On this Fish’n Canada episode, we take a journey to the breathtakingly Beautiful British Columbia. There’s just no other way to describe it. If you haven’t been here yet, then you owe it to yourself to change that, ASAP! If you have been here, then you know exactly what we’re talking about.
As we stated in the television episode, we bet we could simply run all of this trip’s scenic, B-Roll footage for the full half hour and you’d stay with us until the very end… BUT… after all we are the Fish’n Canada television show, and of course, that means we need to add in some great fishing. And man, have we got you covered with that.
Northern British Columbia is like no other place on planet earth. And when you add in some amazing fishing, it becomes one of the most unique destinations an angler can travel to.
Meet Vova, Fish’n Canada’s latest addition to our field staff. Vova is from the Ukraine… Vova likes Canadian breakfasts!
On this episode, we were back at the one-and-only Northern Rockies Lodge or “NRL”, for another adventurous fly-in fishing extravaganza. And for the first time, Ang got to sample some of BC’s unreal Northern Pike action. Pete got his first shot at these nasty beasts on his last visit here with co-host Steve Niedzwecki, and man did they ever catch em’.
Cold beer delivery to our cabin… tell us you don’t wanna’ go to Northern Rockies Lodge?
Since then, Ang has been green with envy ever since he watched that episode.
This trip’s ultimate destination was called Aeroplane Lake. It’s a typical NRL-exclusive fly-in destination. According to our good friend and owner of Northern Rockies Lodge, URS, the lake’s tiny but the Pike are gigantic. That’s music to Ang and Pete’s ears!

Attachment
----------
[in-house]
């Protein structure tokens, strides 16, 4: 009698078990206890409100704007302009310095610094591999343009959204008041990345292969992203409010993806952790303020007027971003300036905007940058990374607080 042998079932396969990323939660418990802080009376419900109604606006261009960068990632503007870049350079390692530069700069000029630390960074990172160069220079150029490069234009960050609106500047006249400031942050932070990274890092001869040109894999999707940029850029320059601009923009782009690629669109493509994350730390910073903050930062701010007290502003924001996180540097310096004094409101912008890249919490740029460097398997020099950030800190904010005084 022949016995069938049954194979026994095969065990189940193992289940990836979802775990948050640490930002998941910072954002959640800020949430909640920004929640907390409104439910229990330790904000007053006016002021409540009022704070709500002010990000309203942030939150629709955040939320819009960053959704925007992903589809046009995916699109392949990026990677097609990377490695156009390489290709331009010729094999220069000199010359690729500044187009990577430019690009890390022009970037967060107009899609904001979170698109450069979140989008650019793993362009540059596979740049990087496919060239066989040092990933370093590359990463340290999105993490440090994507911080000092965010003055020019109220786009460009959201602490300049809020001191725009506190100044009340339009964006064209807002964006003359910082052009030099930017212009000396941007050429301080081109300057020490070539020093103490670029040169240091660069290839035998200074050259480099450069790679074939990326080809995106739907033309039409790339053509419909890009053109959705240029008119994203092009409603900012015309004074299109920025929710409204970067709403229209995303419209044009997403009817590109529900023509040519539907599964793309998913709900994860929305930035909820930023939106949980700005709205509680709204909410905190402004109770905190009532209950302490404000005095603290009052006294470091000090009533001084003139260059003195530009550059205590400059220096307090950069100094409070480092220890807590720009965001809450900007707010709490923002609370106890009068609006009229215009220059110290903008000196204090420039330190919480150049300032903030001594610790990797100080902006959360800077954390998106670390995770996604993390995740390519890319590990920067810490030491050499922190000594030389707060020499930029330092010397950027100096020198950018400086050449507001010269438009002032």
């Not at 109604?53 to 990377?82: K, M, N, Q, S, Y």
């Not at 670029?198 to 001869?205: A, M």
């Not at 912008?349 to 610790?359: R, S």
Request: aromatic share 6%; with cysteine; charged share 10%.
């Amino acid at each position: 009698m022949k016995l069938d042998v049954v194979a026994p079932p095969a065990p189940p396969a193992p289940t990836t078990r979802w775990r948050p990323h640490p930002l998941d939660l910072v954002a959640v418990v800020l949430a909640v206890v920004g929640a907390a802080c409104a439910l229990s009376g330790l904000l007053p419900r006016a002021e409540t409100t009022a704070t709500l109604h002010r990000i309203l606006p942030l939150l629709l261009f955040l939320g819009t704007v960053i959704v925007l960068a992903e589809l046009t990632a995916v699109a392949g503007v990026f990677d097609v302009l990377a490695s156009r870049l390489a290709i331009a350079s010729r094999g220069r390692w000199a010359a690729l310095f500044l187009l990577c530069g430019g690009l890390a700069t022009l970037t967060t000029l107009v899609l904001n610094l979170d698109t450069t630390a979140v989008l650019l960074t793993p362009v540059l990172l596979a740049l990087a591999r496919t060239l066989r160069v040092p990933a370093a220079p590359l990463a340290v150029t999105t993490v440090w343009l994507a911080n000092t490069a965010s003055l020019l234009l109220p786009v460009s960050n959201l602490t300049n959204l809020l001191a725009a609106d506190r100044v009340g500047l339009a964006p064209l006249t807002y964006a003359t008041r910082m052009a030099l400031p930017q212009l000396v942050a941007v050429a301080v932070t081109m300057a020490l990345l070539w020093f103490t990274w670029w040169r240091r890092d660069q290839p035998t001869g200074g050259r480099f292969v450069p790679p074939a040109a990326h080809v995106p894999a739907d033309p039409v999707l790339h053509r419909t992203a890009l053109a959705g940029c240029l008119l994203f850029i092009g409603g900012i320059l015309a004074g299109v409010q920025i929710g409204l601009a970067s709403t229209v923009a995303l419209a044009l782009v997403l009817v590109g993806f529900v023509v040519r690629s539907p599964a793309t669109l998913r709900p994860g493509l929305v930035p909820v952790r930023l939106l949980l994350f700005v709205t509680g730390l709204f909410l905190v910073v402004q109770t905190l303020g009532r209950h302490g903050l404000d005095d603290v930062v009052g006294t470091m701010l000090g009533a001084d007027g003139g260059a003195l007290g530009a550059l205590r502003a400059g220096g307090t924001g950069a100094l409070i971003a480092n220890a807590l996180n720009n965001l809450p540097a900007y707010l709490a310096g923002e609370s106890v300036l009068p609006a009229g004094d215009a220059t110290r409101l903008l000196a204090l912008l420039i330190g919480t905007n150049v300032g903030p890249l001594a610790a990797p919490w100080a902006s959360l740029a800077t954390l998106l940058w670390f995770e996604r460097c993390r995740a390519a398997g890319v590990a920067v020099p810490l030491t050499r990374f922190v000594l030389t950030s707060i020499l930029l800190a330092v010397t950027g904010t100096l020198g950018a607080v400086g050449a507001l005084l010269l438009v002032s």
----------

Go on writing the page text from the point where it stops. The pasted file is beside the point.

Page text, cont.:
This is a Pike lake? You betcha!
Aeroplane Lake has Northern Pike and Lake Trout as the gamefish species but as you can probably tell, it’s the Pike we were after.
The time of year was early June, and from the lodge’s fishing reports, the Northerns probably spawned around a week or two before our visit. That meant they should have still been shallow… EXACTLY where we like to target Pike.
Every lake we flew over we asked ourselves “what kind of fish would live in that gorgeous oasis?”
“Pete told me that according to his past BC Pike experience,” says Ang, “aside from the scenery, fishing Pike in BC is no different than any other part of Canada. They’re big, they’re aggressive, and they’ll hit almost everything you throw at them!”
“Yeah baby” continues Ang “that’s my kind of fishing!”
Our first spot was a long sandbar that was located between the shallows and the deep basin of the lake. It’s a great transition area for Pike that are on the move after the spawn. After firing our cast after cast, we could only come up with one “transitional” Pike.
Our only sandbar Pike was an odd one indeed… not the fish but the battle scar!
Although our hopes were high for this sandbar, aside from ol’ scar-belly, there wasn’t much happening.
Our next move was to go shallower…
NOW we were back in the stuff we like to fish.
Shallow water has two distinct advantages. #1 is you can see the cover that fish live in… like weeds, rocks, wood etc… and #2, you can literally see “some” of the fish swimming… that second one is a huge advantage!
So after catching tons of small to medium-sized Pike in the shallows (maybe a bunch of straggling males???), we established that there are lots of fish still there after spawning, however, we needed to find the bigger fish.
It seemed like all we could catch were smaller, aggressive “hammer-handles” in the junky extreme shallows so our next stage was to move slightly deeper…